void assign_lunch_partner(Employee &e1, Employee &e2)                                                                                                  
    {   
        // use std::lock to acquire two locks without worrying about 
        // other calls to assign_lunch_partner deadlocking us
        {   
            // m is the std::mutex field
            std::unique_lock<std::mutex> lk1(e1.m, std::defer_lock);
            std::unique_lock<std::mutex> lk2(e2.m, std::defer_lock);
            std::lock(lk1, lk2);
            // ...
        }   
    }
    
  2. http://www.amazon.com/C-Concurrency-Action-Practical-Multithreading/dp/1933988770

    void swap(X& lhs, X&rhs){                                                                                                                              
      if(&lhs == &rhs)
        return;
      // m is the std::mutex field
      std::lock(lhs.m, rhs.m);
      std::lock_guard<std::mutex> lock_a(lhs.m, std::adopt_lock);
      std::lock_guard<std::mutex> lock_b(rhs.m, std::adopt_lock);
      swap(lhs.some_detail, rhs.some_detail);
    }
    

I wanted to ask what is the difference and consequence of using either of 2 versions? (first lock or first create the lock_guard or unique_lock?)

There's actually a paragraph (3.2.6) in the book explaining that the code is virtually equivalent and you could replace one with the other. The only difference being is that std::unique_lock tends to take more space and is a fraction slower than std::lock_guard.

Bottom line is whenever you don't need the additional flexibility that std::unique_lock provides, go with std::lock_guard.

IS there a way of running a function back on the main thread ?

So if I called a function via Async that downloaded a file and then parsed the data. It would then call a callback function which would run on my main UI thread and update the UI ?

I know threads are equal in the default C++ implementation so would I have to create a shared pointer to my main thread. How would I do this and pass the Async function not only the shared pointer to the main thread but also a pointer to the function I want to rrun on it and then run it on that main thread ?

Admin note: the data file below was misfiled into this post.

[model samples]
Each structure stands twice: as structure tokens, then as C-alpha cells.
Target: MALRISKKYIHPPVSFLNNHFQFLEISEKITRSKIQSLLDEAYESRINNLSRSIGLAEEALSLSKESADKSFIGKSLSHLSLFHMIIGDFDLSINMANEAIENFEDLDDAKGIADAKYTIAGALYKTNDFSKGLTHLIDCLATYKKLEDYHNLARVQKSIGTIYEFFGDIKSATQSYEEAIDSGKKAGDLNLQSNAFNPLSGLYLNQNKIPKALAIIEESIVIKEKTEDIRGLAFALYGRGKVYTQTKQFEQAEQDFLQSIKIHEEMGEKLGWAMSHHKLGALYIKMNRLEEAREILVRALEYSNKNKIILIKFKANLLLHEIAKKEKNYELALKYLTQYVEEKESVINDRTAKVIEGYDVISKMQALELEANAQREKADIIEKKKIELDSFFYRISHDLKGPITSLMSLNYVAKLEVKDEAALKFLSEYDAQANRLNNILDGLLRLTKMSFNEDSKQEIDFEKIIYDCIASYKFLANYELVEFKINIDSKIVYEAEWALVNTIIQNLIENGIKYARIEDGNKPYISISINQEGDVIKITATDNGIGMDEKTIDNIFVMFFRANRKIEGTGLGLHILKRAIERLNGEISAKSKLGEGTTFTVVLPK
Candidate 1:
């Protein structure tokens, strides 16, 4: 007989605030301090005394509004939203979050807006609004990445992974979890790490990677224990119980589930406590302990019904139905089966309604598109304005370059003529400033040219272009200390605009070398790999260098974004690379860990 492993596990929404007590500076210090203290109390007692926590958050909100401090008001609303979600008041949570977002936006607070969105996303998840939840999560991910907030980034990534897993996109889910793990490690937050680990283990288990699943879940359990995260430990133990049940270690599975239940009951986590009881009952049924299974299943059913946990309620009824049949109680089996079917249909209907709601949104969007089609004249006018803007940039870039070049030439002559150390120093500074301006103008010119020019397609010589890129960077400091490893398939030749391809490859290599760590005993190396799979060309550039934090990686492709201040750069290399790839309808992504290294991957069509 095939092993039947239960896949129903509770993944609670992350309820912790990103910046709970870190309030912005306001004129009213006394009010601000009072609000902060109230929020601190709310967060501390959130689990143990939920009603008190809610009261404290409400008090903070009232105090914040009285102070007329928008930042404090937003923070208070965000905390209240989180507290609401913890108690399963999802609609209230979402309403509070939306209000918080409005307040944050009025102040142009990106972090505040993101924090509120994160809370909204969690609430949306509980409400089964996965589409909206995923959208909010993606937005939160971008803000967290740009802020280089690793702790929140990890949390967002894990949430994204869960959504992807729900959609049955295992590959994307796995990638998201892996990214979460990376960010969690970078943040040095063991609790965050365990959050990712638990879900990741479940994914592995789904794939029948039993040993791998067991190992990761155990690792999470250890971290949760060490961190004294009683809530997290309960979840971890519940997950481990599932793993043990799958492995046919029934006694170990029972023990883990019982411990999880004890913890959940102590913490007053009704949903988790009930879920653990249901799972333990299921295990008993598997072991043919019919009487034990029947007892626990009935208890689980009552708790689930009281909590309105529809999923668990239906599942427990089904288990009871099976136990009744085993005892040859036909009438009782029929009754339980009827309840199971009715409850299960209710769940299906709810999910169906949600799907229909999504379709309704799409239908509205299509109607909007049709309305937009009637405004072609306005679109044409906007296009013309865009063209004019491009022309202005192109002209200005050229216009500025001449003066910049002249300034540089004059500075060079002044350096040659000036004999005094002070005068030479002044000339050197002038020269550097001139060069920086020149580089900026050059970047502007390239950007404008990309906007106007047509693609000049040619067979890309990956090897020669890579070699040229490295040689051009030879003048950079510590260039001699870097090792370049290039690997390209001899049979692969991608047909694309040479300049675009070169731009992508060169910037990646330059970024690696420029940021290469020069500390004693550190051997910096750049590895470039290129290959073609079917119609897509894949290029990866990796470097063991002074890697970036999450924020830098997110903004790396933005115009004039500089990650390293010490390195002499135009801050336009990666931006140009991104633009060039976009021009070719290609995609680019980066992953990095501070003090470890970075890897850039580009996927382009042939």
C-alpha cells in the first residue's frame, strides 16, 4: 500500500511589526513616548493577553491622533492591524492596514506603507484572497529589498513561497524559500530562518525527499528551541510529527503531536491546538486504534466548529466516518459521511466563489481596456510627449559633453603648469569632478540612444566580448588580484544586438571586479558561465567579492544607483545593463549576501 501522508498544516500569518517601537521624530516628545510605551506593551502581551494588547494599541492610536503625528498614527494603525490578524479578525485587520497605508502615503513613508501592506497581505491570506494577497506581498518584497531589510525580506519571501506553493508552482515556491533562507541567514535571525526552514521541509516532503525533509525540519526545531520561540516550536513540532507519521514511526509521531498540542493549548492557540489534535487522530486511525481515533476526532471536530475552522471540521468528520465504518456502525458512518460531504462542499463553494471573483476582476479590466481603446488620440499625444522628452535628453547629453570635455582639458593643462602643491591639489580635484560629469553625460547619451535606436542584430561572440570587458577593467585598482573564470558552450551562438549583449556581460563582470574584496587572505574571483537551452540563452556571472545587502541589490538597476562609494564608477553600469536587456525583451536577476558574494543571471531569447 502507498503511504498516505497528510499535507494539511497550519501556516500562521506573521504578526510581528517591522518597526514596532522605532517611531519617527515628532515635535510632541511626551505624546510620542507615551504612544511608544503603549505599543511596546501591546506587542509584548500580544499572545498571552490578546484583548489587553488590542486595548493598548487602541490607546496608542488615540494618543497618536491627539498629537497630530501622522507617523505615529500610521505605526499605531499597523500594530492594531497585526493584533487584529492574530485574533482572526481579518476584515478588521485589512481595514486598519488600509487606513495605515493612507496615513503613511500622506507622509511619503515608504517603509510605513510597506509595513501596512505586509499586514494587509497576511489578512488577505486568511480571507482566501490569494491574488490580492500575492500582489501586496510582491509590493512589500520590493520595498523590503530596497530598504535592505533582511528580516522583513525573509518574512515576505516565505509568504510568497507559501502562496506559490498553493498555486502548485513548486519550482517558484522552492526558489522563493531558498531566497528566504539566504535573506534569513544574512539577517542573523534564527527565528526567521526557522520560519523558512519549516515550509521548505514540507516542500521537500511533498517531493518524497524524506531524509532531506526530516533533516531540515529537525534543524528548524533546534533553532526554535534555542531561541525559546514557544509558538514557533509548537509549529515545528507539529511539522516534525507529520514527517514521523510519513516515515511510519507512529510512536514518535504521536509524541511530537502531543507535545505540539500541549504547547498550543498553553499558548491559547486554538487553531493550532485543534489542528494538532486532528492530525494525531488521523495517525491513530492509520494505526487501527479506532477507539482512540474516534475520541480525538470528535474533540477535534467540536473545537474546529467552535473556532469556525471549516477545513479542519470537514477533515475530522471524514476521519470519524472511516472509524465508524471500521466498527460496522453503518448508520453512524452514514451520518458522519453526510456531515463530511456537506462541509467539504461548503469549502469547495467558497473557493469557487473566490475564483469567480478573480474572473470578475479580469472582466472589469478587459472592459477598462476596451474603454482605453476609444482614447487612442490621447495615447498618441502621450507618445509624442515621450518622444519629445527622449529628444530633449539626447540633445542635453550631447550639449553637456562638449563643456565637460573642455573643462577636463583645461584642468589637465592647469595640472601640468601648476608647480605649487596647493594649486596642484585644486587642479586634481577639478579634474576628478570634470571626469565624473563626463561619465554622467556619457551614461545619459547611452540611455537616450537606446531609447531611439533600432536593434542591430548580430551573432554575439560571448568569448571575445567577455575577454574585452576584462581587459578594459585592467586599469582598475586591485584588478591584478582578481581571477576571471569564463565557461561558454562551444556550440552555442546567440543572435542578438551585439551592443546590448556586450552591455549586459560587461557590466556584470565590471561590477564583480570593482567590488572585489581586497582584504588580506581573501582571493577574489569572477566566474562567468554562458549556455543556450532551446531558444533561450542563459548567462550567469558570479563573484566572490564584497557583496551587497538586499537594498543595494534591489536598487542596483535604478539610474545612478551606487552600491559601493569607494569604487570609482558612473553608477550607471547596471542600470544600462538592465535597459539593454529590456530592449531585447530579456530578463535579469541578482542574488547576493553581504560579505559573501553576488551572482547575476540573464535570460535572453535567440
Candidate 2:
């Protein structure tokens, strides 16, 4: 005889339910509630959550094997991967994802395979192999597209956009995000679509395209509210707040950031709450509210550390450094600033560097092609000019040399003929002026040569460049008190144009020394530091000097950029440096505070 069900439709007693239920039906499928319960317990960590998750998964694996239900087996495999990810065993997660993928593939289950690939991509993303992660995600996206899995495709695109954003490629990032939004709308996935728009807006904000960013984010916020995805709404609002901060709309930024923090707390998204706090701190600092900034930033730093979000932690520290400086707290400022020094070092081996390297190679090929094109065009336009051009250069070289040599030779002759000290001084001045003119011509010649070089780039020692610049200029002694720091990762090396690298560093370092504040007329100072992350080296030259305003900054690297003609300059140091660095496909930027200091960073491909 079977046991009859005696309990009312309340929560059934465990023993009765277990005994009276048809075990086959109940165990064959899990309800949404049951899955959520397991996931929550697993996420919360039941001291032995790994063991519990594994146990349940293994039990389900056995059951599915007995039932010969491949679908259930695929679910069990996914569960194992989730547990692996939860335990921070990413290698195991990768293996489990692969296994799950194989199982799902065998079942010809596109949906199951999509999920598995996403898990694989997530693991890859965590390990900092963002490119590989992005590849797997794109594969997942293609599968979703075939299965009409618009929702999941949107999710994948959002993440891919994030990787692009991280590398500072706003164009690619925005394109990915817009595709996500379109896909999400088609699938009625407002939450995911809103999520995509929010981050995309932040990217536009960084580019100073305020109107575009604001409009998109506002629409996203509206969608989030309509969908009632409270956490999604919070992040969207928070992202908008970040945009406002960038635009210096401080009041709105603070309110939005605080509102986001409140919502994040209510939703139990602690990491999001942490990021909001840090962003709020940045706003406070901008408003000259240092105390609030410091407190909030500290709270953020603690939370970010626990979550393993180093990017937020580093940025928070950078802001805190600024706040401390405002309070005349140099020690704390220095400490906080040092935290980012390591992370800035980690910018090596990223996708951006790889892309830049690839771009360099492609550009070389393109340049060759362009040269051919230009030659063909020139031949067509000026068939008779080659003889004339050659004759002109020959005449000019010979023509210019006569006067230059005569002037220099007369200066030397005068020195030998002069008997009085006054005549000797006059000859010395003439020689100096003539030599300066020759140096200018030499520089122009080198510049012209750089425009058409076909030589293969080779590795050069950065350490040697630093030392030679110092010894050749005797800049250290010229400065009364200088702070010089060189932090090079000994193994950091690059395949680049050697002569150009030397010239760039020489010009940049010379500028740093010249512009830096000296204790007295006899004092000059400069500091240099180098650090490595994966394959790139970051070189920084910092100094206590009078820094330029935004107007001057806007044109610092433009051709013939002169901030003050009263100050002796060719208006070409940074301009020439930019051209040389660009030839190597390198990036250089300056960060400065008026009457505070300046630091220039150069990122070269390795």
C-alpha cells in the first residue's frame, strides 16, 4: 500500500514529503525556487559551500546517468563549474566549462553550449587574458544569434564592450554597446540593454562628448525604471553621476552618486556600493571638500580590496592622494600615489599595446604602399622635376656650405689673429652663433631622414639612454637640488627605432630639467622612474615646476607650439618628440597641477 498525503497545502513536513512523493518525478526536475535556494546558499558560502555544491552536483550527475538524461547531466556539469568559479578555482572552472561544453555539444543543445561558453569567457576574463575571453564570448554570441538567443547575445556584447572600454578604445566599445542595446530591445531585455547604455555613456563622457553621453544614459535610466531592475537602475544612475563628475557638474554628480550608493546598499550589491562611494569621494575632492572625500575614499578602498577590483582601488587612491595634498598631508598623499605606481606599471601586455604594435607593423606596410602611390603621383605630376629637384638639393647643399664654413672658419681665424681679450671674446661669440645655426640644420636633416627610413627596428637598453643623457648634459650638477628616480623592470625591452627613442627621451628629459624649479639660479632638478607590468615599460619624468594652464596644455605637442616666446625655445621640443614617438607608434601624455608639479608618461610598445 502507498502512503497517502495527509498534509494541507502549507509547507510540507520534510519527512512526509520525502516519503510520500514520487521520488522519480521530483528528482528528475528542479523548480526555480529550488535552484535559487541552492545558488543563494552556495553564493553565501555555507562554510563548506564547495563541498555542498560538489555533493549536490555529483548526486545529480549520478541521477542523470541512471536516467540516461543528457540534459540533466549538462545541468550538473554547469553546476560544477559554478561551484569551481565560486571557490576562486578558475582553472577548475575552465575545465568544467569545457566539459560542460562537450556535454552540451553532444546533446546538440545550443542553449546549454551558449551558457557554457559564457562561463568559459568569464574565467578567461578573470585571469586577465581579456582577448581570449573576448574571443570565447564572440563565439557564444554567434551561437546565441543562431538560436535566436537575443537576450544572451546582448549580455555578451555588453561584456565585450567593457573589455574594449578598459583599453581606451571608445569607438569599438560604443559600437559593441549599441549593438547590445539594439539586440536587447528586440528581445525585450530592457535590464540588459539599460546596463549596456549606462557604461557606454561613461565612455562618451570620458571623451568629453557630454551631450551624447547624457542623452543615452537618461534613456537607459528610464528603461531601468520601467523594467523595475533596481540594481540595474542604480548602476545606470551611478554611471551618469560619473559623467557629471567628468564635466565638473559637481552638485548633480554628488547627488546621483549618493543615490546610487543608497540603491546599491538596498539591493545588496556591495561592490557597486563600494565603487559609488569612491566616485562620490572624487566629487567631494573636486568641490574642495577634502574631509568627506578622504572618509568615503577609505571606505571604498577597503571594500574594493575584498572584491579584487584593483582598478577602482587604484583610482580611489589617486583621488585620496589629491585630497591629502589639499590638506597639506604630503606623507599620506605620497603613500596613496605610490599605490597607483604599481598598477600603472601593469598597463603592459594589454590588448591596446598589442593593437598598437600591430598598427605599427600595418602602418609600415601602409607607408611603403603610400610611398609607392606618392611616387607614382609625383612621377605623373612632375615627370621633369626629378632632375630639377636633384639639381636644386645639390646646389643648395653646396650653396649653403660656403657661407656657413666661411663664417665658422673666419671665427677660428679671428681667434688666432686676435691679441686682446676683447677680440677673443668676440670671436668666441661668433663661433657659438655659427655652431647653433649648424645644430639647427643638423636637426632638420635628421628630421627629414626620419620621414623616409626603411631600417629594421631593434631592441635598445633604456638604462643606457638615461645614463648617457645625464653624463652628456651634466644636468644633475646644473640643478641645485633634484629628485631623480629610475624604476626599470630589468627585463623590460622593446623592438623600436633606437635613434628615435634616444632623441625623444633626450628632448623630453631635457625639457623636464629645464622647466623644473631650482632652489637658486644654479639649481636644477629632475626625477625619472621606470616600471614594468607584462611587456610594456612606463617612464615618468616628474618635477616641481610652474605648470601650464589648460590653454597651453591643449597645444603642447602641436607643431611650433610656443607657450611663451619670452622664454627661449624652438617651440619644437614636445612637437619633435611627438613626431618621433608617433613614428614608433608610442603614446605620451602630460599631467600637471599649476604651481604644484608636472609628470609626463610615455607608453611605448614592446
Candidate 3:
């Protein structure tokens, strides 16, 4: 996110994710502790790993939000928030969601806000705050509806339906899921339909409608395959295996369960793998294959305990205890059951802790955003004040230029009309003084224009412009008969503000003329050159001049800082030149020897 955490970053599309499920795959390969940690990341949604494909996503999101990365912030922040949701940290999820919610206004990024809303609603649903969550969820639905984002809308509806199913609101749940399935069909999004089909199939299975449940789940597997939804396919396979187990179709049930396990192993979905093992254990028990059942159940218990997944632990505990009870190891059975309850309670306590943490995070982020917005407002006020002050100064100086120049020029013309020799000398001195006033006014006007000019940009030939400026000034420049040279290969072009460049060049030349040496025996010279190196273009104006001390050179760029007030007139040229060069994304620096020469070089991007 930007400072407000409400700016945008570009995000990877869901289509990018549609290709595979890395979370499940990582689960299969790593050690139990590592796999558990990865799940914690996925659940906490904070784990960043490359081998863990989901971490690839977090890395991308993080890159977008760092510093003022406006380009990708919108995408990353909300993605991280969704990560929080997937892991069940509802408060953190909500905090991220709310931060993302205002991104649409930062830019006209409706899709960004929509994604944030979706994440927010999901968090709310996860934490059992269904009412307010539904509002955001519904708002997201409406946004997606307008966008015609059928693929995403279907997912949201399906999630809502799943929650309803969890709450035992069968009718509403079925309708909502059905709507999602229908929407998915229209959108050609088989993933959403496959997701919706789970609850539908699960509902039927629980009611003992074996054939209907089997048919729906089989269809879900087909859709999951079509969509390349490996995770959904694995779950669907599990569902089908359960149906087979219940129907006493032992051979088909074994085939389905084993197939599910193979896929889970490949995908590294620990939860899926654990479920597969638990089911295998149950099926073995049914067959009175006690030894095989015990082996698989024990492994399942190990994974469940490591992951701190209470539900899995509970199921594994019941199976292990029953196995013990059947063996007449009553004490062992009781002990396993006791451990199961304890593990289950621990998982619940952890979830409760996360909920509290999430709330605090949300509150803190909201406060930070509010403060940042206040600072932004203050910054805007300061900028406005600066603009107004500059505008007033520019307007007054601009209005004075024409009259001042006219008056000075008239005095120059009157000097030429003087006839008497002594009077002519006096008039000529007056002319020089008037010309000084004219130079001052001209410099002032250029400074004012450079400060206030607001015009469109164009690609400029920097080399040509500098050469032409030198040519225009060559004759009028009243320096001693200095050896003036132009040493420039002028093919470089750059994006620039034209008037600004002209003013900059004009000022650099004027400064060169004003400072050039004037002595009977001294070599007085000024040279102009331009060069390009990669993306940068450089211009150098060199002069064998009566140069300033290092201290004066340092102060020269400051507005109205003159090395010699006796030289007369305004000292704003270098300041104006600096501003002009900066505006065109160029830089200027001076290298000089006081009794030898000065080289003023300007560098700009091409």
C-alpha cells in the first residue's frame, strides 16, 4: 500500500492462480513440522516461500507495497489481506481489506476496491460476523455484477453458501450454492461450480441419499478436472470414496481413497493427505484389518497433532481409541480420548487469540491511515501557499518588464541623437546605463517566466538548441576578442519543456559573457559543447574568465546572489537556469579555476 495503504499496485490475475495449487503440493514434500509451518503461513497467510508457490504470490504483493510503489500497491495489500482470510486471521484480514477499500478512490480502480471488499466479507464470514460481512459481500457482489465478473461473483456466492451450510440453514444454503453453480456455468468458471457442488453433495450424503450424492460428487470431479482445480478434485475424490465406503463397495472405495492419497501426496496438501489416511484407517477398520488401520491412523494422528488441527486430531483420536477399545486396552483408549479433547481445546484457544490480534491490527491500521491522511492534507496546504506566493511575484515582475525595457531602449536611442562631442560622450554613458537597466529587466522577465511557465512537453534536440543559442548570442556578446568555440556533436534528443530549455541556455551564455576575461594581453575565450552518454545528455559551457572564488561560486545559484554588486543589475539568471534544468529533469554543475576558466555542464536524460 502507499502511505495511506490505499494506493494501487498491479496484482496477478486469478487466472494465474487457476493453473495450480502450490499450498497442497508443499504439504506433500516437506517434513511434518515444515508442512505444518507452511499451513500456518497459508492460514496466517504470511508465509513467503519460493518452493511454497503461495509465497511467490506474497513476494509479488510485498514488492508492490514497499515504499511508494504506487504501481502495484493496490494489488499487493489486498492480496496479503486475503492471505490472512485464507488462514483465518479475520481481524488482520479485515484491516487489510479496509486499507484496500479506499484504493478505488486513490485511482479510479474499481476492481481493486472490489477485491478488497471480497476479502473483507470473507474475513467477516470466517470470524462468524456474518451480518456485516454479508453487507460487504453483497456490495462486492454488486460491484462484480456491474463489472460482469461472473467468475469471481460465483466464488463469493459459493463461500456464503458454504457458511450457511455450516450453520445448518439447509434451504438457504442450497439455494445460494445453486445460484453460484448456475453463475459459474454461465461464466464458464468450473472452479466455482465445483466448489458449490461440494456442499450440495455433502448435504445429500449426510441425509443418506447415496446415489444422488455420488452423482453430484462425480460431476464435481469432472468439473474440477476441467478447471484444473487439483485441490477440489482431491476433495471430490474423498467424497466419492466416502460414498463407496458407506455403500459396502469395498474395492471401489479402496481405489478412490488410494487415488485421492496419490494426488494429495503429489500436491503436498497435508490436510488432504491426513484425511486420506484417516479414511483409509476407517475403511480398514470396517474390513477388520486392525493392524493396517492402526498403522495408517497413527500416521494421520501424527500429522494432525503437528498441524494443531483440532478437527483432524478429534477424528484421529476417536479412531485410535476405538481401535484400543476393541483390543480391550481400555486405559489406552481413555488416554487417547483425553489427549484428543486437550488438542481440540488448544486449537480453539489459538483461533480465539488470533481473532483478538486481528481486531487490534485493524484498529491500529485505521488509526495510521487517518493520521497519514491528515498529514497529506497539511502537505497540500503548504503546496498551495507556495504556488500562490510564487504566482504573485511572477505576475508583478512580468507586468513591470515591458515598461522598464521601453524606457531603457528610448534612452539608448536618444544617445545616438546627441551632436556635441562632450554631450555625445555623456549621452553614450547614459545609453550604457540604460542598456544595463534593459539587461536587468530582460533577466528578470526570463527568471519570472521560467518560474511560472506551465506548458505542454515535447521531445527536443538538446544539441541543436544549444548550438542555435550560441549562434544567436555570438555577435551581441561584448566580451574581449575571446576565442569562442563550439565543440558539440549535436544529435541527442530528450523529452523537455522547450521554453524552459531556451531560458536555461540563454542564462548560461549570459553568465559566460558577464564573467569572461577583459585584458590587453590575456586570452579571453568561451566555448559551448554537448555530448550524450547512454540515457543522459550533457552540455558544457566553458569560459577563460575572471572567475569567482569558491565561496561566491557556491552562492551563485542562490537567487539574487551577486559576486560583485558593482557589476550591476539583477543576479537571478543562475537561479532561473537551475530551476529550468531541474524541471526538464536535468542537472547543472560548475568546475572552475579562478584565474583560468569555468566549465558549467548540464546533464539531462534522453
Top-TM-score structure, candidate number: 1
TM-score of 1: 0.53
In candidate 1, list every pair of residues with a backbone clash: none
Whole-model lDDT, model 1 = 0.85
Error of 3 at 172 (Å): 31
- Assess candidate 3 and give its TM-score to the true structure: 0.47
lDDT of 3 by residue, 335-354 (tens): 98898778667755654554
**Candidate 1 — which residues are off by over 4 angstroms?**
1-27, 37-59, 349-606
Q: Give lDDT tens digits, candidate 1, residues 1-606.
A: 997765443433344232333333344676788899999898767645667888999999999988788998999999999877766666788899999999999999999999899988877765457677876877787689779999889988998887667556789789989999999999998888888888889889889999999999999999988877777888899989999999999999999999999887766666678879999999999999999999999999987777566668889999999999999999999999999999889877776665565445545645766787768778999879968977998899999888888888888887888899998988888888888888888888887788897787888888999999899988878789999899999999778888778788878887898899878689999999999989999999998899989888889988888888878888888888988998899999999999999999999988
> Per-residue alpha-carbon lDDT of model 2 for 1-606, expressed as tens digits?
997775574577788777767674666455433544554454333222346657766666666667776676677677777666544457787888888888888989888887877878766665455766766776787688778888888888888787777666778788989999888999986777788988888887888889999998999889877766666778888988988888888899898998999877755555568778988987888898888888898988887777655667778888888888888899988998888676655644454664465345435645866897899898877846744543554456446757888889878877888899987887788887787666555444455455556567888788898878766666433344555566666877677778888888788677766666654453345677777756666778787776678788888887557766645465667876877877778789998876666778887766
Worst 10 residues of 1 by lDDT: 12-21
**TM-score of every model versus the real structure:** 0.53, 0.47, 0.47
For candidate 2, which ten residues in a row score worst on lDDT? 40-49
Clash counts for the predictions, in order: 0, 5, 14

I have been reading C++ Concurrency in Action and chapter four (AKA "The Chapter I Just Finished") describes a solution.

The Short Version

Have a shared std::deque<std::packaged_task<void()>> (or a similar sort of message/task queue). Your std::async-launched functions can push tasks to the queue, and your GUI thread can process them during its loop.

There Isn't Really a Long Version, but Here Is an Example

Shared Data

std::deque<std::packaged_task<void()>> tasks;
std::mutex tasks_mutex;
std::atomic<bool> gui_running;

The std::async Function

void one_off()
{
    std::packaged_task<void()> task(FUNCTION TO RUN ON GUI THREAD); //!!
    std::future<void> result = task.get_future();

    {
        std::lock_guard<std::mutex> lock(tasks_mutex);
        tasks.push_back(std::move(task));
    }

    // wait on result
    result.get();
}

The GUI Thread

void gui_thread()
{
    while (gui_running) {
        // process messages
        {
            std::unique_lock<std::mutex> lock(tasks_mutex);
            while (!tasks.empty()) {
                auto task(std::move(tasks.front()));
                tasks.pop_front();

                // unlock during the task
                lock.unlock();
                task();
                lock.lock();
            }
        }

        // "do gui work"
        std::this_thread::sleep_for(std::chrono::milliseconds(1000));
    }
}

Notes:

  1. I am (always) learning, so there is a decent chance that my code is not great. The concept is at least sound though.

  2. The destructor of the return value from std::async (a std::future<>) will block until the operation launched with std::async completes (see std::async ), so waiting on the result of a task (as I do in my example) in one_off might not be a brilliant idea.

  3. You may want to (I would, at least) create your own threadsafe MessageQueue type to improve code readability/maintainability/blah blah blah.

  4. I swear there was one more thing I wanted to point out, but it escapes me right now.